Arcadia: Wesleyan’s Political Magazine hopes to create multi-partisan unity.

Lex Spirtes, Photo Editor

Approximately 15 students gathered in Allbritton 103 on the evening of Sunday, Feb. 8 to learn more about a new campus publication. “Arcadia: Wesleyan’s Political Magazine,” a student-run publication, aims to be the University’s first multi-partisan political magazine, representing five core values: political engagement, discourse, accessibility, freedom of conscience, and pluralism. Hannah Skopicki ’18 conducted the meeting and will serve as the magazine’s editor-in-chief along with Matt Wallock ’18.

Although the magazine is just getting started, its website ( describes its mission and includes information on how to submit content.

The brainchild of members of the Wesleyan Democrats and the Wesleyan Republican Committee, the magazine was proposed at the end of the Fall 2014 semester. The editorial staff will consist of students who associate with both parties. Skopicki will represent the Wesleyan Republican Committee, and Wallock the Wesleyan Democrats.

Additionally, Executive Editors Joseph Nucci ’16 and Ali Mann ’17 will focus on writers and content leaning toward the Republican and Democratic ideologies, respectively. Six staff writers of varying political affiliations have also joined the team. Because the magazine is multi-partisan, this variety will ensure inclusion, according to the organizers. It was stressed throughout the meeting that submissions representing all views, not just those of the two main parties, are welcomed and encouraged.

“We really want to provide a platform for people of all different political ideologies along the political spectrum to present their viewpoints in a way in which they are guaranteed to be free of judgment and people harassing them based on what they think,” Skopicki said. “We want to expose people on campus to all different ideas that they may not have been exposed to before. We want to talk about things that people may not have even thought of before.”

Production Manager Jack Guenther ’18 echoed these sentiments.

“What excites me most is that there is such a broad base of political interest and experience here,” he said. “I mean, casting aside whatever true or untrue mythologies there might be about Wesleyan’s political attitudes, there are 3,000 people here, and each of them engages with politics in a different way. Ideally, we’d be able to tap into all 3,000 of those resources.”

Another key point emphasized at the meeting was the broad demographic which the magazine hopes to target. The founders intend for the magazine to reach a wider audience than just those studying the social sciences or those harboring a fascination with politics. Rather, the goal of the magazine is to integrate relevant information into an informative, entertaining, and readable publication.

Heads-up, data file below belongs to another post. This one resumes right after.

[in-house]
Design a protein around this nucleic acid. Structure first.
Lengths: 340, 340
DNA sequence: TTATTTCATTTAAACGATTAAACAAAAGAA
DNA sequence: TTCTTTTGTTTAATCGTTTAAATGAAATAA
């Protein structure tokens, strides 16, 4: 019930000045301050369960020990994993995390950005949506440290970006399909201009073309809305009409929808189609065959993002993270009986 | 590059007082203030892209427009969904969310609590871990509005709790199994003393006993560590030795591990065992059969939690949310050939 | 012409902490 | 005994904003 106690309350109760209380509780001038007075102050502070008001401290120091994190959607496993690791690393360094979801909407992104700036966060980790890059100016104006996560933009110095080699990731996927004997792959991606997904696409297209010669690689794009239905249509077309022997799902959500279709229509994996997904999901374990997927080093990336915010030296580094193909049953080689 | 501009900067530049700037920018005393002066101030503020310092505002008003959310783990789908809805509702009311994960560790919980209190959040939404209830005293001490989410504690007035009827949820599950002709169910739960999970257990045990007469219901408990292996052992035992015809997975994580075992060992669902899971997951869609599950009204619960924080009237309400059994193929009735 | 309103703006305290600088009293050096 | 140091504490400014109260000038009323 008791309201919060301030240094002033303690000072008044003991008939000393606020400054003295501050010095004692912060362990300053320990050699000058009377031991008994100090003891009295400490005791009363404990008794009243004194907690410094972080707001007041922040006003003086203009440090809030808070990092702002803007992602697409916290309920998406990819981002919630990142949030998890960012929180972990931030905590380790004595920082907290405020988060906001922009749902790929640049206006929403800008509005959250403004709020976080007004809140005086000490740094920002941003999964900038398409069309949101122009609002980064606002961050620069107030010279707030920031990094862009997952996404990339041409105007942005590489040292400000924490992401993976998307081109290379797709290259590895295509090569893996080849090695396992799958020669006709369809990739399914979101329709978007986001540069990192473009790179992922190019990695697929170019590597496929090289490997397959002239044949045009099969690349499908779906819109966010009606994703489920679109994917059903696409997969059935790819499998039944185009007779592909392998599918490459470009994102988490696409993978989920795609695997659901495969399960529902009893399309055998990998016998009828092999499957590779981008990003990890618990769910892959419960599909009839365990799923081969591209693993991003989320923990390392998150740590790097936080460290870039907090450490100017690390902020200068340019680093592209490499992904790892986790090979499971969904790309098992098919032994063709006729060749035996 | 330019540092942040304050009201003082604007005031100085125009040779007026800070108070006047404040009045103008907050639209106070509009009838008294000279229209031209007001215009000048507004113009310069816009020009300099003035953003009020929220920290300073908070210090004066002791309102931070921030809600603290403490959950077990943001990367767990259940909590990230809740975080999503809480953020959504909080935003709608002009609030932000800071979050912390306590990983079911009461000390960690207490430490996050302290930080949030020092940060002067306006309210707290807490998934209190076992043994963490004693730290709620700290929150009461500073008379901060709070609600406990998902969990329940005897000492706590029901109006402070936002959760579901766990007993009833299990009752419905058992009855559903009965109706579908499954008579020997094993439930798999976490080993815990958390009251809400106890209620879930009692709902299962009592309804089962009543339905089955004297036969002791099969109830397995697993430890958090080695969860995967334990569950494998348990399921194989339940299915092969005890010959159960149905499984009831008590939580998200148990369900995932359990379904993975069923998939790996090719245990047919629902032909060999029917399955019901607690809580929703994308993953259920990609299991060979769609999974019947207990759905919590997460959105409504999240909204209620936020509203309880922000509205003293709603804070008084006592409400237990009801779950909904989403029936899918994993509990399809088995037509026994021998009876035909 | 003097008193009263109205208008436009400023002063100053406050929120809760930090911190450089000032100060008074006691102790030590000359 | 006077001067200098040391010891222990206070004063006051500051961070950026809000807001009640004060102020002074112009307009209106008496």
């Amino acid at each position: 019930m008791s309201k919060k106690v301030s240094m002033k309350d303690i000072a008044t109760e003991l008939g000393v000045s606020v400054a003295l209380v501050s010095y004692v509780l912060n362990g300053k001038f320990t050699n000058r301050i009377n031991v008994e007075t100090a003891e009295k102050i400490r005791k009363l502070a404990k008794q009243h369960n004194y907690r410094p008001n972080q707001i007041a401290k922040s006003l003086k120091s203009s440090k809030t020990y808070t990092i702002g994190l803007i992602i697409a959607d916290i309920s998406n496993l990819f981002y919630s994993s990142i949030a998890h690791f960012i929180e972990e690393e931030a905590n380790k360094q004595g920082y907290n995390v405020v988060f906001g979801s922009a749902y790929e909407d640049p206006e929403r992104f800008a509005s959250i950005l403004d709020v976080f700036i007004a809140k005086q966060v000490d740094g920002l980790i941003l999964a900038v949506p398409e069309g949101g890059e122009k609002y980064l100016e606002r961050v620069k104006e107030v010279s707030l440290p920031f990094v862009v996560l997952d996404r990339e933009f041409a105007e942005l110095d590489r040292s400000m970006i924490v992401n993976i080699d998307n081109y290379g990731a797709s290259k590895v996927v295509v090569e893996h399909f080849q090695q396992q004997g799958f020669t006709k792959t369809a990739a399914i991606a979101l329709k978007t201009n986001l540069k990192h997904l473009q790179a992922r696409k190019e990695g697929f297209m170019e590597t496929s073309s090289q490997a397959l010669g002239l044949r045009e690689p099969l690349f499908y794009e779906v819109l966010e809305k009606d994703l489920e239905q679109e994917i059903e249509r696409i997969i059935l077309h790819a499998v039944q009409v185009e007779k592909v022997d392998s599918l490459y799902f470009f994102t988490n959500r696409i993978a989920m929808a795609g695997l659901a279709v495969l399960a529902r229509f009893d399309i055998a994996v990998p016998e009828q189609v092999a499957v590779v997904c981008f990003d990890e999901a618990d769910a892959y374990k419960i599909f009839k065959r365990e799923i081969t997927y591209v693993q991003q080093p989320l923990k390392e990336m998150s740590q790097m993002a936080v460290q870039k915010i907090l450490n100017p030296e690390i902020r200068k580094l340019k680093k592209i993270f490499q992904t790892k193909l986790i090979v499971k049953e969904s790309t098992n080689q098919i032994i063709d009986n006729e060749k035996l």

Marshal Lawler ’16, President of the Wesleyan Democrats, attended the meeting and is excited about putting the magazine’s plans into action.

“I feel like [genuine interest] is sort of lacking, especially when it comes to partisan elections, especially about local politics,” Lawler said. “ I think that this will be a good way for people to engage more thoroughly with politics in general and change the way people have those conversations.”

Although it is not yet an officially recognized student group, Arcadia has received funding from the two campus political organizations. Emma Bentley ’17 will serve as the magazine’s business manager, working to create connections so that future editions will be published independently.

Following a thorough explanation of Arcadias aims and operations, Skopicki opened the floor for questions.

Spencer Brown ’18 inquired as to whether the publication’s debate section, where two students with different political affiliations engage in a written correspondence over a particular issue, will allow one with an affiliation other than Democrat or Republican to participate.

Skopicki responded that while for the inaugural issue they will be sticking with the two major parties, future debates are certainly open to those will all associations.

The publication is set to be distributed in early May. Currently, the goal is to publish one edition per semester, estimated at 40 pages. However, as the magazine gains momentum, the editors hope to publish on a quarterly basis.

The editors are looking for ways to publish outside of their print issues. They intend to maintain a social media presence, run by the magazine’s Outreach and Media Director Victoria Hammitt ’17.

Guenther is pleased with the evolutionary nature of the magazine.

“Just ten minutes ago, we were sparked by an idea that could be one of the better things we do all semester,” he said.

In the coming weeks, the editors are hoping for these ideas to come to fruition. Anyone interested in writing both short- and long-form articles as well as multimedia projects is welcome to join the magazine as a contributor by contacting anyone on the editorial board or emailing For more information, members of the Wesleyan community are encouraged to explore

  • ugh

    sry but providing a space for dems and gop goonies to express themselves is not a “platform” …

    they already make up the governing ideologies of our time, they don’t need this

    • just so you know

      it’s a platform that is not exclusive to demos and gop members. literally anyone can get published as long as its of high enough quality. they’re even encouraging people who hate politics to write about why they hate politics

  • Tosha Turnage

    Valuable suggestions , I learned a lot from the info , Does someone know where I would be able to access a template CBP 823F version to edit ?